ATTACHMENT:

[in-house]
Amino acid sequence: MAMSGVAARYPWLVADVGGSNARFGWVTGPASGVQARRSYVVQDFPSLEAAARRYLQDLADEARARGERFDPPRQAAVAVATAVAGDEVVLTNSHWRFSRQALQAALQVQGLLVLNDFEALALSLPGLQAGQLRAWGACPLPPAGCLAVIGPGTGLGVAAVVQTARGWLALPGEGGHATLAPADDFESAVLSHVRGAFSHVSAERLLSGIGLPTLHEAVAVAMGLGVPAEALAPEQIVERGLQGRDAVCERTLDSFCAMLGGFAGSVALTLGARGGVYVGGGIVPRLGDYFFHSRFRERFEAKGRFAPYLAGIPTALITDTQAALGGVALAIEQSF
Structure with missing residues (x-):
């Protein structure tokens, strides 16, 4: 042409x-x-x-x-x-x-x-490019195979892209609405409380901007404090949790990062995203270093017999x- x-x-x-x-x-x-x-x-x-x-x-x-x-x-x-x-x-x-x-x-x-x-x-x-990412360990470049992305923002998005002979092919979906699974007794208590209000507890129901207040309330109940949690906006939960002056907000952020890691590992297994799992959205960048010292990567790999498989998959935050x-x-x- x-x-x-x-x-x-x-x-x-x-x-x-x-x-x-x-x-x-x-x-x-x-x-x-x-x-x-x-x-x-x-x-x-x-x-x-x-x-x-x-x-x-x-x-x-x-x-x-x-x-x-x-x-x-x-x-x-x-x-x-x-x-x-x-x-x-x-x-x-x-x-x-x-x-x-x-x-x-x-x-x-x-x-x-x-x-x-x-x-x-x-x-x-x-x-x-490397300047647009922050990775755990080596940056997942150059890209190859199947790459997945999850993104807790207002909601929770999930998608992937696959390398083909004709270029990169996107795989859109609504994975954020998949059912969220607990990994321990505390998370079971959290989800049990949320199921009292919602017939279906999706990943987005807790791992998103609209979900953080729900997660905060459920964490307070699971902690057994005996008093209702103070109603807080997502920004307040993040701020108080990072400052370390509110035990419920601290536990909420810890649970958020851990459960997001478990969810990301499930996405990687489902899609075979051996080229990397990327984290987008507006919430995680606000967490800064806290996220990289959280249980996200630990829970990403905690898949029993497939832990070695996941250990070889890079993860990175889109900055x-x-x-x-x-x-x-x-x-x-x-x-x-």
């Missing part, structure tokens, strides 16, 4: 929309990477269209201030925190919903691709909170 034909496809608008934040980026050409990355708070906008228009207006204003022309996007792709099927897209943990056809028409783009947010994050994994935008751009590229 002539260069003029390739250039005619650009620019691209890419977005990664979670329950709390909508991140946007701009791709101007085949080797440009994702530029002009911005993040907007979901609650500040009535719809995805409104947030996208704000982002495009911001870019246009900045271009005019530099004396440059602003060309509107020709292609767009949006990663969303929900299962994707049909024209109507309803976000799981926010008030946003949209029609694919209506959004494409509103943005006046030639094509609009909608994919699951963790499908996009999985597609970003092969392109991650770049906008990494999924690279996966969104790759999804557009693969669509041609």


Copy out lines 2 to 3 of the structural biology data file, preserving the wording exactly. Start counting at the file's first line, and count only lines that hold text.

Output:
Amino acid sequence: MAMSGVAARYPWLVADVGGSNARFGWVTGPASGVQARRSYVVQDFPSLEAAARRYLQDLADEARARGERFDPPRQAAVAVATAVAGDEVVLTNSHWRFSRQALQAALQVQGLLVLNDFEALALSLPGLQAGQLRAWGACPLPPAGCLAVIGPGTGLGVAAVVQTARGWLALPGEGGHATLAPADDFESAVLSHVRGAFSHVSAERLLSGIGLPTLHEAVAVAMGLGVPAEALAPEQIVERGLQGRDAVCERTLDSFCAMLGGFAGSVALTLGARGGVYVGGGIVPRLGDYFFHSRFRERFEAKGRFAPYLAGIPTALITDTQAALGGVALAIEQSF
Structure with missing residues (x-):